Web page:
Wintercress plants may invade wooded areas near you in early spring. It is one of the earliest growing plants. If there is a wooded spot in your yard, you may find them growing there. You might consider it just a weed and get rid of it early, only to find more returning. But there’s so much more to wintercress than weeds – keep reading to learn about eating wintercress greens.
What to Do with Wintercress
Of course, you don’t want the spreading plant invading your landscape, but before you get rid of it, consider its uses. The wintercress genus (Barbarea) includes 20 different types and, according to wintercress information, these belong to the mustard family and considered a wild herb.
Young leaves on 6-inch (12 cm.) wintercress plants in early spring are edible
Some types grow later, in May, and have white blooms. These are edible as well. These are biennials and sometimes perennials.
Eating Wintercress Greens
Boil buds slightly in water, season, and give them a try. Sources say the taste is similar to broccoli. Foragers sometimes eat them without cooking and agree taste is best when leaves or flowers are young.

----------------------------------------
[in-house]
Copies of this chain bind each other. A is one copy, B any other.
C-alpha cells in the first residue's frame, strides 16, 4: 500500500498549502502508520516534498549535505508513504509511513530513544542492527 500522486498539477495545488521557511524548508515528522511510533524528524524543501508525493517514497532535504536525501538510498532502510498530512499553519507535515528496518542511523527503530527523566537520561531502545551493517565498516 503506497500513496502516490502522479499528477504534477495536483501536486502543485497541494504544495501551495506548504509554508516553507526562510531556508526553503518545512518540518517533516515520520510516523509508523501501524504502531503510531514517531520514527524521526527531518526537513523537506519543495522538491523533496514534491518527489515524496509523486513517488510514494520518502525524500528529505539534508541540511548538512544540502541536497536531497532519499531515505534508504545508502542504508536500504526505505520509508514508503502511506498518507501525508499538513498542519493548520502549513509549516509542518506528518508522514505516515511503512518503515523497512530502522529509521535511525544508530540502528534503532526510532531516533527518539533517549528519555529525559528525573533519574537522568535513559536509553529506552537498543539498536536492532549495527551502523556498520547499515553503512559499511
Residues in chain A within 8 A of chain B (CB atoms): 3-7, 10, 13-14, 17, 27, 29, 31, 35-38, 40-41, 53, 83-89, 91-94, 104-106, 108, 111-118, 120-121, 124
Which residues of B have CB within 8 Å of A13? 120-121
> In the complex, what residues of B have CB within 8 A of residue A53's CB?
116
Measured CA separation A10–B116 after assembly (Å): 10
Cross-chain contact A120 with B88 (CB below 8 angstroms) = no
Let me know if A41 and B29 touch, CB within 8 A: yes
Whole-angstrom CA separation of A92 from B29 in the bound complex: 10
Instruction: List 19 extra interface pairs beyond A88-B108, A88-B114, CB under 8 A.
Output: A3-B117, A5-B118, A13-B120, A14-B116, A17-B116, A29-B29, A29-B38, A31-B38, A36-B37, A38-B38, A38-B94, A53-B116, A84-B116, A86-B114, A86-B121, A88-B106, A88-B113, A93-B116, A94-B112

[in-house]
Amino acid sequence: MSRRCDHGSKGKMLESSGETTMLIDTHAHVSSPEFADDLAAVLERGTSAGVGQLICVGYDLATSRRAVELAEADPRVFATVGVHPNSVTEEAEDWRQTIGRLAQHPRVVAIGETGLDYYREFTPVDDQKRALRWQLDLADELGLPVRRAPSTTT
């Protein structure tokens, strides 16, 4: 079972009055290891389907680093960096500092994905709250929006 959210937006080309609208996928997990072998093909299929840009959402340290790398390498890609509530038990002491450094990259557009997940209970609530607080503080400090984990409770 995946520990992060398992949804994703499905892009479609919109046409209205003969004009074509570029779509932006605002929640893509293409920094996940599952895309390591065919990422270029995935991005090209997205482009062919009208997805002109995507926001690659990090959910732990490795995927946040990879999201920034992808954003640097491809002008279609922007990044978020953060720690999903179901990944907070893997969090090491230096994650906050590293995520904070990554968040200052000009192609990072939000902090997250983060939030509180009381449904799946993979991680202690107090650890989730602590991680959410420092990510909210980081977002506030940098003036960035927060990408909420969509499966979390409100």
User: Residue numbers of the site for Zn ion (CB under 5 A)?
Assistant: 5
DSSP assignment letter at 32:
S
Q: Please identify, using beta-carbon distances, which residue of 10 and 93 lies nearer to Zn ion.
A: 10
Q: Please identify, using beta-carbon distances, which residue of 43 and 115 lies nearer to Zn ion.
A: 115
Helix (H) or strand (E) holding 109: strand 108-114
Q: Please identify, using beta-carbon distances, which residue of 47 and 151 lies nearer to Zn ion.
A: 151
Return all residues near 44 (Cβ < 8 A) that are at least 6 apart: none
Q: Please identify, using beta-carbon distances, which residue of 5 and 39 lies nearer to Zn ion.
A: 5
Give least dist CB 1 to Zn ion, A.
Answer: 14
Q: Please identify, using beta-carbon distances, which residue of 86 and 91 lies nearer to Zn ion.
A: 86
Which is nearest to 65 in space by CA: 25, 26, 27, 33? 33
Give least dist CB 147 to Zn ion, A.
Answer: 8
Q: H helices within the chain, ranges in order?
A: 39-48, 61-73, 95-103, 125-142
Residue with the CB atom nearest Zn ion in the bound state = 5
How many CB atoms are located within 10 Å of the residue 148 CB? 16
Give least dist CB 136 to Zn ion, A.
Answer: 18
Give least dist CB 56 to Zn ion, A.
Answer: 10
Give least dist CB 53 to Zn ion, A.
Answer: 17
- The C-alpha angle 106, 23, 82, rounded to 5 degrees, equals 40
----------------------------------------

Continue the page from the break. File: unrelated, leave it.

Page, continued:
Leaves are a good source of vitamin C and vitamin A. Reportedly, they become bitter after buds burst. Catch them early if you want to give them a try. If you like the taste, these can be put up after blanching. Freeze the appropriate sized bags to use through seasons when they are not available in the wild.
Remember the spot where you located the wintercress greens and learn to recognize them in other areas. If these plants spring up in the landscape, create a bed there and keep some of them in it, maybe surrounded by other wild, edible greens. They return for a few years and new ones will likely grow there.
Disclaimer: The contents of this article is for educational and gardening purposes only. Before using or ingesting ANY herb or plant for medicinal purposes or otherwise, please consult a physician, medical herbalist or other suitable professional for advice.